The artillery exchange with several hundred killed may be a cry of the Imburi and the need for more creative attention to the Ethiopia-Eritrea conflict − all the more so that the armed conflicts in Yemen and Somalia have implications for both Eritrea and Ethiopia.
By Rene Wadlow
The 12 June 2016 exchange of artillery fire along the heavily militarized frontier between Ethiopia and Eritrea could be just one of the periodic skirmishes between the two States. However, it could be the first signs of a flare up of violence. There have been calls from the United Nations and African Union officials for “restraint” but as yet no steps for real conflict resolution.
The Imburi are spirits that are said to inhabit the forests of Gabon in Equatorial Africa and who cry out for those who can hear them at times of impending violence or danger. The artillery exchange with several hundred killed may be a cry of the Imburi and the need for more creative attention to the Ethiopia-Eritrea conflict − all the more so that the armed conflicts in Yemen and Somalia have implications for both Eritrea and Ethiopia.
There was a long and often violent run up to the 1993 independence of Eritrea from Ethiopia. Eritrea was never a “colony” of Ethiopia but rather a loosely integrated Provence within a very decentralized state-system of Ethiopia. Thus the frontiers of Eritrea had never been set by history. Rather the 1993 independence agreement set some frontiers, but these were not marked on the ground and were contested by some in both States.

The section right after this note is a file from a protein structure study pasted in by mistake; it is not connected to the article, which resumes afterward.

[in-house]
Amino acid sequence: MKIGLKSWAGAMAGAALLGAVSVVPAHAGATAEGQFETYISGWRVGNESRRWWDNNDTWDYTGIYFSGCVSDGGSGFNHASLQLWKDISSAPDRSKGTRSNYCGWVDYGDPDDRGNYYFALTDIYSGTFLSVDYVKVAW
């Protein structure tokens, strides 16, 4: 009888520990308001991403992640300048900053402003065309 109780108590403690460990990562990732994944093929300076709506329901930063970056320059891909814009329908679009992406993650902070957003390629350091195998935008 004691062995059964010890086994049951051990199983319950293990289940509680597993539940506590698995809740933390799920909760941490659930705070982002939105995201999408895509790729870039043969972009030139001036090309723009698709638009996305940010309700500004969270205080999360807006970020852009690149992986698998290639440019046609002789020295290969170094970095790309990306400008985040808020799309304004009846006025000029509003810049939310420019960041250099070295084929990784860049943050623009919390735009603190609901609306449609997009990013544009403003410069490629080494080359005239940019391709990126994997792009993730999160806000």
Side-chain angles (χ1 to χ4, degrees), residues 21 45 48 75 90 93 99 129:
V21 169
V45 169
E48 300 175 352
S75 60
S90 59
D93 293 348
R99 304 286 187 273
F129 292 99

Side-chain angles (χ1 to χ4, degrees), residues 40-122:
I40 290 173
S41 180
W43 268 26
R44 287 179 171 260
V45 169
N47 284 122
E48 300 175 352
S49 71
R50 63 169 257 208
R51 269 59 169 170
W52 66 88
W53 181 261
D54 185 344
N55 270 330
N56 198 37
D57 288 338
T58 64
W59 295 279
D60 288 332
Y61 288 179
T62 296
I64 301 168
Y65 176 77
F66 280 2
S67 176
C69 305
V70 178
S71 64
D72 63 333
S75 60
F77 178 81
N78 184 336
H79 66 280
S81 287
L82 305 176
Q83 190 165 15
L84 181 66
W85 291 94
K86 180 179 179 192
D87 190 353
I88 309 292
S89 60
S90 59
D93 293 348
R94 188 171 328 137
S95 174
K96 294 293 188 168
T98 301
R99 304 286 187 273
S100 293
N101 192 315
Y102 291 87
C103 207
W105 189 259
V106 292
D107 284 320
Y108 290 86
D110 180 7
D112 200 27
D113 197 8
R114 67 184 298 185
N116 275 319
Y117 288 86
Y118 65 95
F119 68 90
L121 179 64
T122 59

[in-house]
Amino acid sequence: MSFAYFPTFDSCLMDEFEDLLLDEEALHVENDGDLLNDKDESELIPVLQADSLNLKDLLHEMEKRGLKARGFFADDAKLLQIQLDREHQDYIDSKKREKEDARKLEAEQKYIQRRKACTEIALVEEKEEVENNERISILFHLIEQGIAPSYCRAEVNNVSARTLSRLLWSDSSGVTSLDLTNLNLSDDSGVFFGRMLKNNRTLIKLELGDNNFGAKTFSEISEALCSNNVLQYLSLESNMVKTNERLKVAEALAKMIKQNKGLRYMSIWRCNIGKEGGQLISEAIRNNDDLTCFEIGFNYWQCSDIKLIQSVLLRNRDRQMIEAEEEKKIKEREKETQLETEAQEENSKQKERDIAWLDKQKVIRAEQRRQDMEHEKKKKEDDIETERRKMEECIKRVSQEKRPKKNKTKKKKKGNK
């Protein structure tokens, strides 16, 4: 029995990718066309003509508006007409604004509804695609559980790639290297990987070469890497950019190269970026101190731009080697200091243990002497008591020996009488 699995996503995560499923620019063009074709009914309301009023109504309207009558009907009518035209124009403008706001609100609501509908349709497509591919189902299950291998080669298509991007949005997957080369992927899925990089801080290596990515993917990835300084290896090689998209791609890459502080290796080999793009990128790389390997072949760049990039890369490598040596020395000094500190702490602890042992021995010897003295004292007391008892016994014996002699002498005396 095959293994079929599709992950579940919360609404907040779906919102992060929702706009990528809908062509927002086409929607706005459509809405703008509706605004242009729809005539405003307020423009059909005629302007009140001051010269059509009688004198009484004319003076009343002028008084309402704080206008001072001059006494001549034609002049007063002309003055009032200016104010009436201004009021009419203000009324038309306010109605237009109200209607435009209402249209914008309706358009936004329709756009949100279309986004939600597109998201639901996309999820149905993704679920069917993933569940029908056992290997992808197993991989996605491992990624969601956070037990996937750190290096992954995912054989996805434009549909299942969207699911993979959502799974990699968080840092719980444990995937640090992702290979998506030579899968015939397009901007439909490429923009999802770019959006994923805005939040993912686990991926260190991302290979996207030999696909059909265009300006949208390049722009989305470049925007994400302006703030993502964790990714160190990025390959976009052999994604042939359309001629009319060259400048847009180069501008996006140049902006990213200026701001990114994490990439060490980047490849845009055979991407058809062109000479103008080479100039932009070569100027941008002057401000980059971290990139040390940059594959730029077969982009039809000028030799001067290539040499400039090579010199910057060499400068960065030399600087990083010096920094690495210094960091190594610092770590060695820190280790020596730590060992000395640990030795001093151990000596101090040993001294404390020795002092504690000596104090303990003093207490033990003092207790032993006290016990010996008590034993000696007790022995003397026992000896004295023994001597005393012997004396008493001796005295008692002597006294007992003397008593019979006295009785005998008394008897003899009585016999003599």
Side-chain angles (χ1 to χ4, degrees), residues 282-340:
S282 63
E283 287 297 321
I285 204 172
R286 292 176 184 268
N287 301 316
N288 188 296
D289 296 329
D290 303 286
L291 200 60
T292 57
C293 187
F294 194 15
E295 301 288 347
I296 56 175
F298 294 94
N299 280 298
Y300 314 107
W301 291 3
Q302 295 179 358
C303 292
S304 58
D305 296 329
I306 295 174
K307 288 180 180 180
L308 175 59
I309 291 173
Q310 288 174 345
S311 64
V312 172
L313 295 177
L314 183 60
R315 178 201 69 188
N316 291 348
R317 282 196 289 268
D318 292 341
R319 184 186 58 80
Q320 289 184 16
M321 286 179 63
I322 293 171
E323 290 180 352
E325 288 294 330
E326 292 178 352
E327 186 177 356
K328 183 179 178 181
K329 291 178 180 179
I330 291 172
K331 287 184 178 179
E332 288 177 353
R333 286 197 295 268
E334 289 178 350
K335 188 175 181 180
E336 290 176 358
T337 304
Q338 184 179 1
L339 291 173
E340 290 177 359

The frontier issue plus, no doubt, resentments from the long years of independence struggles, led to a brief but violent war between 1998 and 2000, leaving an estimated 70,000 dead and many wounded. The war led to a strong militarization of Eritrea n society with long, compulsory military service and a permanent war-footing for the society. These militarized conditions of life with little socio-economic development and little possibility of freedom of speech or association have led many Eritreans, especially the young, trying to leave the country for Europe.
Ethiopia has had a powerful and politically important army since the end of the Second World War. The army was the one national institution in a decentralized State where many of the provinces were based on different ethnic groups. The Ethiopian army remains strong and has been often used by the African Union in its peacekeeping efforts.
The frontier issue between the two countries was taken for arbitration to the World Court, but the Court’s findings have not been put into practice. The lands contested are of no particular economic or social importance. They are contested just because each State attaches disproportionate importance to a frontier. Intelligent leadership on both sides could make of the frontier lands a bridge rather than a wall, but intelligent leadership has been in short supply. As the African Union headquarters is in Ethiopia, the AU secretariat has been inactive on the Ethiopia-Eritrea issue for fear of displeasing Ethiopia.
The political and economic situation in the Horn of Africa is ever more complex. Domestic and external drivers of conflict are increasingly intermeshed. The problem of the State-collapse in Somalia and the war in Yemen make matters ever more complicated. The prolonged failure of the inter-State institutions − the United Nations, the African Union, and the European Union − to deal creatively with the Ethiopia-Eritrea divides may open a door for creative non-governmental Track II efforts. One must hope that the cries of the Imburi are heard.
Rene Wadlow is President and a Representative to the United Nations, Geneva of the Association of World Citizens.
The views expressed in this article do not necessarily reflect the views of TransConflict.